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Winners of the peacetime regatta

Henley, England. July 1919. Group portrait of members of the AIF first eight rowing crew, competitors in the King's Cup at the Royal Henley Regatta, framed by a pair of oars, near their training quarters on the River Thames. Back row, left to right: Gunner J. A. Begg (No. 3), 13th Battery, Australian Field Artillery; Captain H. C. Disher (Stroke), Australian Army Medical Corps; Lieutenant (Lt) F. A. House (No. 4), 9th Battery, Australian Field Artillery; Lt Henry Hauenstein MM (No. 5), 1st Pioneer Battalion; Major S. A. Middleton DSO (No. 6), 19th Battalion; Lt H. Ross Soden (No. 7), 4th Machine Gun Battalion. Front row: Sgt A. R. Robb (Bow), 4th Field Artillery Brigade; Sgt A. E. Smedley (Cox), 12th Battery, Australian Field Artillery; Lt L. S. Davis (No. 2), 58th Battalion. Note this crew was subsequently altered for the King's Cup, which the AIF won at Henley-on-Thames, 5 July 1919. Australian War Memorial D00725
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Henley, England. 5 July 1919. The Australian first eight rowing crew, after the race in which they defeated Oxford University by a length, in the final for the King's Cup, at the Royal Henley Peace Regatta, held on the River Thames. Left to right: Sergeant (Sgt) A. R. Robb, bow; Lieutenant (Lt) F. A. House, No. 2; Lt T. McGill, No. 3; Gunner (Gnr) A. V. Scott, No. 4; Lt H. Hauenstein MM, No. 5; Major S. A. Middleton DSO, No. 6; Gnr G. W. Mettam, No. 7; Captain H. C. Disher, stroke; Sgt A. E. Smedley, cox. Australian War Memorial D00800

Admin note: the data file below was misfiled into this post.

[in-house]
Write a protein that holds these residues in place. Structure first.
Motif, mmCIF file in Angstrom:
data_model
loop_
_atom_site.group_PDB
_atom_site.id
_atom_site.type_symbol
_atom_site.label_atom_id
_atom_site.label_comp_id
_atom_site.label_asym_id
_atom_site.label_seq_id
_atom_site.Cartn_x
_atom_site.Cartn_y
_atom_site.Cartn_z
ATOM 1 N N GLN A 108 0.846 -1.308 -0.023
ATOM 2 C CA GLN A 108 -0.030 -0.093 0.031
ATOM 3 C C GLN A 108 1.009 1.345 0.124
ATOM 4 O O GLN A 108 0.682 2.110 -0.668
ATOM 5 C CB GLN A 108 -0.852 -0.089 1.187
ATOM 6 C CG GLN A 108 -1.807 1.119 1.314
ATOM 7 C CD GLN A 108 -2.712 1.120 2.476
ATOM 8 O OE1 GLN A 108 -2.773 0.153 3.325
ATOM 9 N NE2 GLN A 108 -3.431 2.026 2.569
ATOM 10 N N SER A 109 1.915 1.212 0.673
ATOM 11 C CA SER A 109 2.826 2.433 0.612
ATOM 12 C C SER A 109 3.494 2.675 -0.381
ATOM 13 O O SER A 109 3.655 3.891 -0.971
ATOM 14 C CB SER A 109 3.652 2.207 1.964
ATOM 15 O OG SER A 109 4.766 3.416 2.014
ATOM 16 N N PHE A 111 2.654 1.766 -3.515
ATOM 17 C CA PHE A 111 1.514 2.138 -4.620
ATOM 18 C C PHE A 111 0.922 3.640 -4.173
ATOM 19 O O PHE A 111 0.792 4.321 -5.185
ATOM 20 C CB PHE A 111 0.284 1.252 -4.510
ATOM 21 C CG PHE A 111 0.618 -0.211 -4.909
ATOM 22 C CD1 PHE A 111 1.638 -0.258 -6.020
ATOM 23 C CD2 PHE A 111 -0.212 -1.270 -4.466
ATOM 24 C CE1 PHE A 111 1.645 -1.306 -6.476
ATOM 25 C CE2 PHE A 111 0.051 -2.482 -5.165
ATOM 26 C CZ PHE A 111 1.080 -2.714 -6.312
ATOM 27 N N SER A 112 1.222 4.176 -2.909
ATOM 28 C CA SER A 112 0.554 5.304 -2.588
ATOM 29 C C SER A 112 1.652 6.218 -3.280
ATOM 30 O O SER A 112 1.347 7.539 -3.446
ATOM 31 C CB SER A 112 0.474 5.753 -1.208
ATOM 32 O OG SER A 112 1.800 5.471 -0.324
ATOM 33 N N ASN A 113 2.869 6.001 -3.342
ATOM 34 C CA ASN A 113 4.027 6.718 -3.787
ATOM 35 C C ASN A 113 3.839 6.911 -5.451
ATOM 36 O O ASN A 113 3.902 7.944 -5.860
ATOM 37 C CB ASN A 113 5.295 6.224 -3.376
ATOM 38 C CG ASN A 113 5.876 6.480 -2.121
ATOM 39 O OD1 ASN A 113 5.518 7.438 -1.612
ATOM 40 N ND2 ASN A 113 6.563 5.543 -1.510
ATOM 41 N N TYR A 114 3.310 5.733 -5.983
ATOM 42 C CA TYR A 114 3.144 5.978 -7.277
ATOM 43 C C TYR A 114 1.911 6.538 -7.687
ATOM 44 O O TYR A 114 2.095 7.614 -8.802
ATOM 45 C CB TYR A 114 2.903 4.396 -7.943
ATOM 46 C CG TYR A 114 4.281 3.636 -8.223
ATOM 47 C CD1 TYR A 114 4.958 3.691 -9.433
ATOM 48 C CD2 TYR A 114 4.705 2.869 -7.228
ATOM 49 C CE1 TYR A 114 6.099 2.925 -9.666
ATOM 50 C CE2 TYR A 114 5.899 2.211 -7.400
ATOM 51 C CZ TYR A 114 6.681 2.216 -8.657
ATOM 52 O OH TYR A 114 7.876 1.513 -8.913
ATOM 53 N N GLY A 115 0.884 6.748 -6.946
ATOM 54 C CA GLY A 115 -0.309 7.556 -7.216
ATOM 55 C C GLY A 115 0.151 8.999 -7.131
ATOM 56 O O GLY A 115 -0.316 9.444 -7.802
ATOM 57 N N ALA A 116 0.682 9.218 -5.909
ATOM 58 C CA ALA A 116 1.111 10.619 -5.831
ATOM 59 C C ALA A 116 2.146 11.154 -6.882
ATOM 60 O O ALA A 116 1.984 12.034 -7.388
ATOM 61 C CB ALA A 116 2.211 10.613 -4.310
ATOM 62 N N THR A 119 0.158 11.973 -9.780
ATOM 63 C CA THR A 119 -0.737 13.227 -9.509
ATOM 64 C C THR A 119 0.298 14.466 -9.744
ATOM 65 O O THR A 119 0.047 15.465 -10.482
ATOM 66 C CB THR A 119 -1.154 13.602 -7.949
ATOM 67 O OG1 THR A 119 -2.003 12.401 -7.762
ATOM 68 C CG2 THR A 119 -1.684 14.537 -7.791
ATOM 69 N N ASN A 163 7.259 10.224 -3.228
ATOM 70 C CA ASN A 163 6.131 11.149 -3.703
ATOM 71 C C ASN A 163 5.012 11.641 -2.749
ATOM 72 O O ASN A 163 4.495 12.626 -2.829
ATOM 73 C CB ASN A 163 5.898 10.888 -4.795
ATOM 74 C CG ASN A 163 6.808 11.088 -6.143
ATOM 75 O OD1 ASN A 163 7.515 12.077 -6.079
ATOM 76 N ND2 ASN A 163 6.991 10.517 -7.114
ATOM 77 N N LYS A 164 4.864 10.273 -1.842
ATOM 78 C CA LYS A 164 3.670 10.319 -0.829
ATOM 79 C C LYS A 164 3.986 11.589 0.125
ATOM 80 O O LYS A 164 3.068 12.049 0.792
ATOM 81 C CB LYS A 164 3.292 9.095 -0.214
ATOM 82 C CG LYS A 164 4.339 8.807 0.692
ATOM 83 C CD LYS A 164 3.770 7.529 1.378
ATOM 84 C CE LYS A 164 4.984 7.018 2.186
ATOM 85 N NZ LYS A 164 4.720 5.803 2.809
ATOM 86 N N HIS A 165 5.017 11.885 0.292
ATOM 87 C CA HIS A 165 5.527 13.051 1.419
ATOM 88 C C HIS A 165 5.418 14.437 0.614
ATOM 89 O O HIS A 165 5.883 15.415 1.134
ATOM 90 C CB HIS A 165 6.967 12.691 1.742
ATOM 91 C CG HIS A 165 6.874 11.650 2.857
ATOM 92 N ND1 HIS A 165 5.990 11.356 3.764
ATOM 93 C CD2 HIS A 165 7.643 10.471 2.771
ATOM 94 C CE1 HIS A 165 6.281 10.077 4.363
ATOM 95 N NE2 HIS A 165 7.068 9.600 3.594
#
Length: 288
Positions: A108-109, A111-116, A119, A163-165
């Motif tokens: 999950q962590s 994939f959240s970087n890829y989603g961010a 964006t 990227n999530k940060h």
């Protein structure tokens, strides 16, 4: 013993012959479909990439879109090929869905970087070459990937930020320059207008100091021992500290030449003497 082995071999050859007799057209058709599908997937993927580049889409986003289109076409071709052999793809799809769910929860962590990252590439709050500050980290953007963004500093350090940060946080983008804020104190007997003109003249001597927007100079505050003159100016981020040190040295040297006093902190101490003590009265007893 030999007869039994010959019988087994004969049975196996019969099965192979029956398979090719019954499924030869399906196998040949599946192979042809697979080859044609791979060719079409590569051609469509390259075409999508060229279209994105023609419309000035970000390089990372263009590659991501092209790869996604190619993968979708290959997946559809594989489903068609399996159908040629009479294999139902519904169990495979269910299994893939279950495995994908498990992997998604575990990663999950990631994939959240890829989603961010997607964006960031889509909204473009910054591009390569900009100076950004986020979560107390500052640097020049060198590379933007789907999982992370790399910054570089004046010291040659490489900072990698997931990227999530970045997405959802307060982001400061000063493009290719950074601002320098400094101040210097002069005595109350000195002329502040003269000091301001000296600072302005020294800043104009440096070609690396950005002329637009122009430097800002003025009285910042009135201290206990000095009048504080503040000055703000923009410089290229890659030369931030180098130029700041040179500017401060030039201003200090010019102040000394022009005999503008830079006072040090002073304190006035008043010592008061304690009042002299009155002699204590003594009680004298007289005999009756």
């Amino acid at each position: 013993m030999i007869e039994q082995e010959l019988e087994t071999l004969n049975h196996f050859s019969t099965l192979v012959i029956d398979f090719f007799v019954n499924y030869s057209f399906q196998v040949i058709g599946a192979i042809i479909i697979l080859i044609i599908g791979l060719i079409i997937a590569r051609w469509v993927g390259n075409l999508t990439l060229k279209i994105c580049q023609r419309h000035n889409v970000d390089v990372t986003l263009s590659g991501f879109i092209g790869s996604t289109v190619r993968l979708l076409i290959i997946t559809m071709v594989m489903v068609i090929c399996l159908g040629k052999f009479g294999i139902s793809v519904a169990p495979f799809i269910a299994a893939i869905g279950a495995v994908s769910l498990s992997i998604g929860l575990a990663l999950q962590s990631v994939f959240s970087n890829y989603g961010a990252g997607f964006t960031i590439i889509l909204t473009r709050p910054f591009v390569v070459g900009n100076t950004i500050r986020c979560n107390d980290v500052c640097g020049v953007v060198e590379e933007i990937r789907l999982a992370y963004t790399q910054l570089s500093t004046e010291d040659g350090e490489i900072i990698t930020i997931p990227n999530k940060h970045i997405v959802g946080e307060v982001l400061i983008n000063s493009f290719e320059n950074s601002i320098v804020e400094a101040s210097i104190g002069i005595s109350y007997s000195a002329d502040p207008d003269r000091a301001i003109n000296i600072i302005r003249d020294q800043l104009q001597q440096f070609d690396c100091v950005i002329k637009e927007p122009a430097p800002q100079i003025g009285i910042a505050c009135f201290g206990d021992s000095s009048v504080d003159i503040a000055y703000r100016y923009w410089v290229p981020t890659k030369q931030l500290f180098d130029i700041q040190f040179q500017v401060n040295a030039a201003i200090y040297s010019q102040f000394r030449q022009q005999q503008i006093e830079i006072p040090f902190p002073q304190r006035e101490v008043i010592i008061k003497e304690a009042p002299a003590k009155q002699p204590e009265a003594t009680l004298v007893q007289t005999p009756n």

Australia winning King's Cup July 1919.jpg
Spectators watch Australia winning King's Cup in 1919. Photo displayed in Archibald Robb's album.

After the cessation of World War One, rowing clubs in England planned a peacetime regatta with races for amateur oarsmen of the Allied Armies.

Two Tasmanian soldiers Sergeant Archibald Robb and Lieutenant Fred House were selected to row against top crews from nearly all the Allied nations in the Royal Henley Peace Regatta in England in 5 July 1919.

Sergeant Robb and Lieutenant House, of the Derwent Rowing Club, were included in the AIF No 1 Eight Oar Race crew which was a substitute for the Grand Challenge Cup.

In the heats, the AIF No 1 crew defeated the AIF No 2 crew to reach the final.  The AIF No 1 crew defeated the Oxford University crew over the Henley course by seven minutes and seven seconds.  This was the fastest time recorded for the full course of the regatta.

The Kings Cup was presented to Captain Disher on behalf of the crew and each crew member received a medal.

Prior to the war, Archibald Robb and Fred House represented Tasmania and the Derwent Rowing Club on many occasions.  In 1914 they won the Championship Four of Tasmania.  In May 1914 they represented Tasmania at the Australian Henley Regatta (also known as Henley-on-Yarra), in Melbourne, and became interstate champions.

On 21 June 1919, two weeks before the final Henley race, Archibald Robb and Fred House rowed in the seniors fours race at the Marlow Regatta in the coxwainless boats, of which the Australians had little knowledge of this kind of rowing.  The Australians hired a board from the Thames Club and had a few trial spins and decided Archibald Robb would be the bow and Fred House would be the stroke.  During the heat they had steering problems and fouled the New Zealand crew. Both crews stopped rowing. The umpire ordered a restart.  The Australians went ahead and won.

Several weeks after the Henley race the men went to France for a race rowed on the River Seine.

Read the rowers' profiles

Sergeant Archibald Robb

Lieutenant Frederick House

Research courtesy Helen Gay (Archie Robb’s granddaughter) and Rowing Tasmania